September 15th 2013
Are tighter mortgage rules needed?
While Canadian housing prices are high, so too are key drivers of demand.
It’s no secret that Canadian residential real estate prices, which have more than doubled during the past decade, have been an ongoing source of concern for housing sector stakeholders.
Former Bank of Canada governor Mark Carney for example made consistent efforts to talk down the market in the months before he left his post in June.
In addition, last year Finance Minister Jim Flaherty trimmed the maximum amortization period for a government-insured mortgage from 30 years to 25, his fourth tightening effort. As if that was not enough, recently reports have emerged that regulators at the Office of the Superintendant of Financial Institutions, have been looking at ways of their own to cool the market.
However according to one expert such efforts would be premature. “We do not believe that additional measures are needed to calm the residential real estate sector right now,” says Matthieu Arseneau, a senior economist at National Bank Financial. “House prices are already growing quite moderately, and the effects of rising interest rates have not fully been felt.”
As Arseneau notes in a recent special report, Canada’s residential real estate market has been benefitting from strong household formation. This sets it apart from many other economies such as Europe and Japan.
“Canada is currently riding a substantial population growth curve as a result of highly favourable migration strongly skewed to the 20-44 age group which is most likely to from households,” he says. “This cohort of the population grew at the fastest pace in more than 20 years, substantially higher than other developed countries.”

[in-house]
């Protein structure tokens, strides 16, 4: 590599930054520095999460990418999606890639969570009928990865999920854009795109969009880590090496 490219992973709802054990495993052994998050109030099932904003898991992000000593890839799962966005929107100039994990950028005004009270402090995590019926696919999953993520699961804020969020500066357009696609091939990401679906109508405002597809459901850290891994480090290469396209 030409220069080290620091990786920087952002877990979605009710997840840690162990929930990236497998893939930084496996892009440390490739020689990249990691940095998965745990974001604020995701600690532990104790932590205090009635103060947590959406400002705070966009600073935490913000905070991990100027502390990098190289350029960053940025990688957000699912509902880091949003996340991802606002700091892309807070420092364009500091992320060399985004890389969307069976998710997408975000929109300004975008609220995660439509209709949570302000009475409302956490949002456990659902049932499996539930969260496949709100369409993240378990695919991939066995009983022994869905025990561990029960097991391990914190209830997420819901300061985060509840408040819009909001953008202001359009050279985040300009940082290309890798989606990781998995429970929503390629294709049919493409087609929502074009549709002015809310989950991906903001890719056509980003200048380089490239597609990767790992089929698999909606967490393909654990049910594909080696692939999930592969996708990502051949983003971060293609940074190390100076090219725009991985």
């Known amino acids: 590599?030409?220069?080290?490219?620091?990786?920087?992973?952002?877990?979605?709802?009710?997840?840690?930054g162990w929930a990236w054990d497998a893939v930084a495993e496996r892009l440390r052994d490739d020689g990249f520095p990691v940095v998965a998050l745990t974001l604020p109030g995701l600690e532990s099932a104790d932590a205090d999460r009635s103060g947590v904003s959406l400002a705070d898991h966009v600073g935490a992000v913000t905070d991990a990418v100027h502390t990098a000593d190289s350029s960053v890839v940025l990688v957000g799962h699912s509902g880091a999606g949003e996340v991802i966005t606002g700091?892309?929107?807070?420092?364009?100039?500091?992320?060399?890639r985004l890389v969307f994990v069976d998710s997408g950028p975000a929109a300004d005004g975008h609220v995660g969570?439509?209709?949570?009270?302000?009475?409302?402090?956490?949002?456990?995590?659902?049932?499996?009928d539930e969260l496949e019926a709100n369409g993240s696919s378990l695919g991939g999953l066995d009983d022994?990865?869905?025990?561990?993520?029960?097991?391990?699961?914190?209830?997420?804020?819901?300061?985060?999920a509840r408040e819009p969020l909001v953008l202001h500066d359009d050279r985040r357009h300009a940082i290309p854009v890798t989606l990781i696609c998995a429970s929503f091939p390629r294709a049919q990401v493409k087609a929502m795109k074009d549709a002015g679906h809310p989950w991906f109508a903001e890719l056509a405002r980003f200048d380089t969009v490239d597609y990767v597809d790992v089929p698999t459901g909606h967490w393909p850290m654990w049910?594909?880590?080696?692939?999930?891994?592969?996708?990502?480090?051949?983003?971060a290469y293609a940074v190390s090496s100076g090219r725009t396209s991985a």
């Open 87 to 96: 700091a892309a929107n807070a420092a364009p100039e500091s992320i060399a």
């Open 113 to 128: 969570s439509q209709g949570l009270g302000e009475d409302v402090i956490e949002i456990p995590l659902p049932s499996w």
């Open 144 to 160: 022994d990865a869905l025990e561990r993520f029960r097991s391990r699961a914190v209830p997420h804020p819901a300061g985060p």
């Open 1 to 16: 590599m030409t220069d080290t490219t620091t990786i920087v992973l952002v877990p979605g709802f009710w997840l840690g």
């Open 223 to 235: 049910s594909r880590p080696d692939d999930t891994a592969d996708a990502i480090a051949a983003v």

A key driver in the tightening debate has been the influential Economist Magazine, which tracks sector trends in a variety of countries and which recently characterized Canada’s house prices as “bubbly.” The publication bases this assessment on data published in its August 31rst issue, which suggest that residential real estate here is overvalued relative to both rents (74%) and incomes (30%).
Arseneau disagrees that this is a major problem. “Though growth in the 20-44 age group is set to decelerate over the next five years, it is likely to remain positive and well above the trend line of other advanced economies,” he notes. “We expect that this phenomenon will cushion the effect of rising mortgage rates.”
Assessing who is right isn’t easy. Much depends on whether those rising numbers of Canadian who are entering the household formation age range will have the jobs and paycheques they will need to service mortgage debt and other home-ownership costs. Last week’s Labour Force Survey results provide some good news on that front. The Canadian economy created 59,000 net new jobs in August according to Statistics Canada, bringing the country’s jobless rate down to just 7.1 percent.
Whether that trend will continue in coming months should provide household sector stakeholders with a good clue as to how much further mortgage rule tightening, if any, will be needed.
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